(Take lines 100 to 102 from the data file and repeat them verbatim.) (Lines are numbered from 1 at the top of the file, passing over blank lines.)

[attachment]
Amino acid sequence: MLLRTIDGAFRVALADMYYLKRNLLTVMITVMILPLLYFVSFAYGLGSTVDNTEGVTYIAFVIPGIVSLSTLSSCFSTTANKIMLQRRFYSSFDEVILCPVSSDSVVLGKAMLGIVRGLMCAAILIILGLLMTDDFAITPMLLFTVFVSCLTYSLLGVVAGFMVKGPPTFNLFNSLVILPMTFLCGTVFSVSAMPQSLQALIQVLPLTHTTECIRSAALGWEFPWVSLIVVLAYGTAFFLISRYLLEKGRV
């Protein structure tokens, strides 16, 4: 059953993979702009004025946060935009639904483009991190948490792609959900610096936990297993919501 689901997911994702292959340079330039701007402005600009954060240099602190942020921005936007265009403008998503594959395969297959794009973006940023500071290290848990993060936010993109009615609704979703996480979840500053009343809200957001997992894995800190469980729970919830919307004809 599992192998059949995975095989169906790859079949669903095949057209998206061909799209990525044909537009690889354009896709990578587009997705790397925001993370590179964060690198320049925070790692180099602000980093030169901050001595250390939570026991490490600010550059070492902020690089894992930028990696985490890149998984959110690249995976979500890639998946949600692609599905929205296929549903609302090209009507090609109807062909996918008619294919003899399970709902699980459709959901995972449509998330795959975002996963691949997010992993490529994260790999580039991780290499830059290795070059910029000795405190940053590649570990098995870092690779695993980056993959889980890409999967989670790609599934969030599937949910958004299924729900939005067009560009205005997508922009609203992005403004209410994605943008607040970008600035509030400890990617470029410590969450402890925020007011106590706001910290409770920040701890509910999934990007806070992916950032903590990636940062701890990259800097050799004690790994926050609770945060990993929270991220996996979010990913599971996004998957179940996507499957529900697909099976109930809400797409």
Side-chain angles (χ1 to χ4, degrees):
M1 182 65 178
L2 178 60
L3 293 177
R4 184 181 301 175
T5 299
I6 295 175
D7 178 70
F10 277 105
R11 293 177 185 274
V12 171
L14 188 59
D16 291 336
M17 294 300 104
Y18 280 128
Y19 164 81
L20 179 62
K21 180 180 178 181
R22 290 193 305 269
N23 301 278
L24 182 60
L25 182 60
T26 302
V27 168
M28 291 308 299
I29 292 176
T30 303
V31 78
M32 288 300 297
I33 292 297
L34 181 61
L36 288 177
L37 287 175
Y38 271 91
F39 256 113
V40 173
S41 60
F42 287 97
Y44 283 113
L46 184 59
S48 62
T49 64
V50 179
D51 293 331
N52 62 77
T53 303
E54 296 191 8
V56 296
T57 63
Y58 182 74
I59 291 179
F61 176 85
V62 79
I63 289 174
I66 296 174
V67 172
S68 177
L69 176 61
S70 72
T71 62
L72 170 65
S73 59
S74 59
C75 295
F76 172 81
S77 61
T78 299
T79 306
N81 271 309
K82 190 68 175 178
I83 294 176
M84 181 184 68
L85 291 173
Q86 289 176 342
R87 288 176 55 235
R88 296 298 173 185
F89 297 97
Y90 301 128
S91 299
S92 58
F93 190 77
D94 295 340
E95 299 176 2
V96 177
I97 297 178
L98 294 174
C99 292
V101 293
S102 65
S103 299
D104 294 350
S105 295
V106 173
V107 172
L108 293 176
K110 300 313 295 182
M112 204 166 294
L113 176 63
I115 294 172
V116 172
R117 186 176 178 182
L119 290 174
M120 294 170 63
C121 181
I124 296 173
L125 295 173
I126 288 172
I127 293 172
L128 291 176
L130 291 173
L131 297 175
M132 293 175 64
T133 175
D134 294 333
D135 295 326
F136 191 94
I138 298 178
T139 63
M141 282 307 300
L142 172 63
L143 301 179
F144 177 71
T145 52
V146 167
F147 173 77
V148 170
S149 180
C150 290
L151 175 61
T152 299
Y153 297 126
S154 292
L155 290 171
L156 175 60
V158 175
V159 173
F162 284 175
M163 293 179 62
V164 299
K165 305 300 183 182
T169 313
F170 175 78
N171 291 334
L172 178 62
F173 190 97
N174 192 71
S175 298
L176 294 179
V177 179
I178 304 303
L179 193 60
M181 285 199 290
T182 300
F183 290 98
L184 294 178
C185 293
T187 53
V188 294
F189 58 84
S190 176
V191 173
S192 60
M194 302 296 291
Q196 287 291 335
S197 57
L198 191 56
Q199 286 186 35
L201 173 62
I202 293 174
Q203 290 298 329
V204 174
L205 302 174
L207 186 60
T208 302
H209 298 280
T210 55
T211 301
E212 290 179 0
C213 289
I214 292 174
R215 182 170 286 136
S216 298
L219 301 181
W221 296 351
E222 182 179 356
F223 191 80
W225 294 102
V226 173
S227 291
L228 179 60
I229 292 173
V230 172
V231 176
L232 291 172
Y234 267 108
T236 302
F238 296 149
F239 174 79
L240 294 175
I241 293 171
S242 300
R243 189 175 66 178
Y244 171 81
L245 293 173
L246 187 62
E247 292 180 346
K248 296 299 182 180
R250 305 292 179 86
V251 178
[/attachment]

L113 176 63
I115 294 172
V116 172